I don’t know what I was expecting when we decided to have kids all those years ago. The idyllic parts of my childhood unfolding before my eyes in little half clones? A social science experiment to explore the foundations of humanity? A series of proteges to mold into my image? Whatever it was, it was probably stupid and naive, cause this shit is hard.
I have three kids all in that glorious teenage/tweenage series of years. All three come with their own challenges, which I won’t out on their behalf, save one fact, with their permission; they got ADHD. You know, the super popular thing adults like to self diagnose on Instagram and TikTok? That is what they have.
It is a real, and unique struggle for each of them. ADHD is a spectrum of things that manifest uniquely in people, and each of my kids struggle with different parts of the whole situation. This, in turn, requires their family to adjust, react, and support them in many different ways tailored to that individual kid. They get to have it their way like at Burger King. It is a struggle as a parent, and these days, I am the primary caregiver (I work from home these last few years), so I am often swinging between elation to frustration at any given moment each day.
Despite the struggle, the thing that I despise the most (and my long rambling point), is the absolute cultural co-opting of every selfish behavior by adults as the very serious struggle of ADHD. Executive disfunction is a real challenge. Focus is a real challenge. Impulse control is a real challenge. ADHD induced Anxiety is a real challenge. You, the adult posting quips on Instagram or the dumpster fire Elon made about being a mess does not make it ADHD.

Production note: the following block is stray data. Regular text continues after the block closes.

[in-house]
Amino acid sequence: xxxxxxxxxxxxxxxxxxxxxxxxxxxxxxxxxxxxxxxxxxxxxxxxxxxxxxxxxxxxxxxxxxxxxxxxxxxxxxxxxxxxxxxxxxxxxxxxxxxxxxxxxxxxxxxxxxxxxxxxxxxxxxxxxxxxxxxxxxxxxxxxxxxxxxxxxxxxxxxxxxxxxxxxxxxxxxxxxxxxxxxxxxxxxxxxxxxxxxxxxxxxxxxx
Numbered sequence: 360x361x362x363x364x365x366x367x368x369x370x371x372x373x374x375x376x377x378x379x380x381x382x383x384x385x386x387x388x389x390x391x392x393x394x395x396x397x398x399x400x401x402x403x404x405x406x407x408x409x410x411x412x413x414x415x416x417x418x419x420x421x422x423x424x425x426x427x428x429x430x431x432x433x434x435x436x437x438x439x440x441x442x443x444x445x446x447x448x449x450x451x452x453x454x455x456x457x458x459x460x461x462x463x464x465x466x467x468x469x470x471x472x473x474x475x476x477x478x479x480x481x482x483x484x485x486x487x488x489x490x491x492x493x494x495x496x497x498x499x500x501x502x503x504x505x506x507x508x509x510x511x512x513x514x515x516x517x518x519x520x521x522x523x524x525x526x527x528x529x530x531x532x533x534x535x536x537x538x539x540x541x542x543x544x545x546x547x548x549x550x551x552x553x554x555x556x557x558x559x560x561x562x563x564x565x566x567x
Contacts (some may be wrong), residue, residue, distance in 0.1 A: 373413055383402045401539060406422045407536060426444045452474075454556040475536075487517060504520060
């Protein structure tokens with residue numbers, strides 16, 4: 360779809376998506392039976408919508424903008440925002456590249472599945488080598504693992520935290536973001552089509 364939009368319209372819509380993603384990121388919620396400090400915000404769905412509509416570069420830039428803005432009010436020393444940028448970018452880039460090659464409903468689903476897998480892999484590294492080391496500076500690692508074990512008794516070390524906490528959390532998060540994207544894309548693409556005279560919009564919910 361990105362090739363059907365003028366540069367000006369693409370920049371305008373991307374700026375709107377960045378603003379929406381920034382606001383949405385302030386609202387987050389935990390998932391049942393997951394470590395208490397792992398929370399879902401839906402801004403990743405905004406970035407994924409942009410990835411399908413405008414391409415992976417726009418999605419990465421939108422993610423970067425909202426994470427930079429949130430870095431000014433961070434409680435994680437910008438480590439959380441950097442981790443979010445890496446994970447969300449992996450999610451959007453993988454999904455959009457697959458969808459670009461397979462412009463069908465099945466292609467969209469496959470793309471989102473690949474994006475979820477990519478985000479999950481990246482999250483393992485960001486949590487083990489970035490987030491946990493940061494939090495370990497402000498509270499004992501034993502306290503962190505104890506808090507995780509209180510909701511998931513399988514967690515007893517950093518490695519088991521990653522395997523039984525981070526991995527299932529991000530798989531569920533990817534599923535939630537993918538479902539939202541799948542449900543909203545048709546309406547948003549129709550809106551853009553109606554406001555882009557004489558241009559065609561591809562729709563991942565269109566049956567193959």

Being a parent of kids with neurodiversity is hard enough as it is in this country. We are shit at supporting folks with mental issues. I am old enough to remember when Ronny cut funding and they bussed folks from their care centers down state to Chicago. We either lock people away, ignore them, dismiss them, or blame them for everything. As a family we have faced the indifference of the system relatively recently, and it shocked lots of people outside our home as to the cruelty of those whose job it is to help people.
Adults using popular tracks to gain clout online as they say or post quips about ADHD to mask the holes in their lives could maybe stop. They create a misconception around the very real challenges kids with the actual diagnosis face. They dismiss the real trauma these kids have to navigate and reinforce mental health stereotypes that we have carried since the Victorian era.
Maybe they should stop being selfish assholes.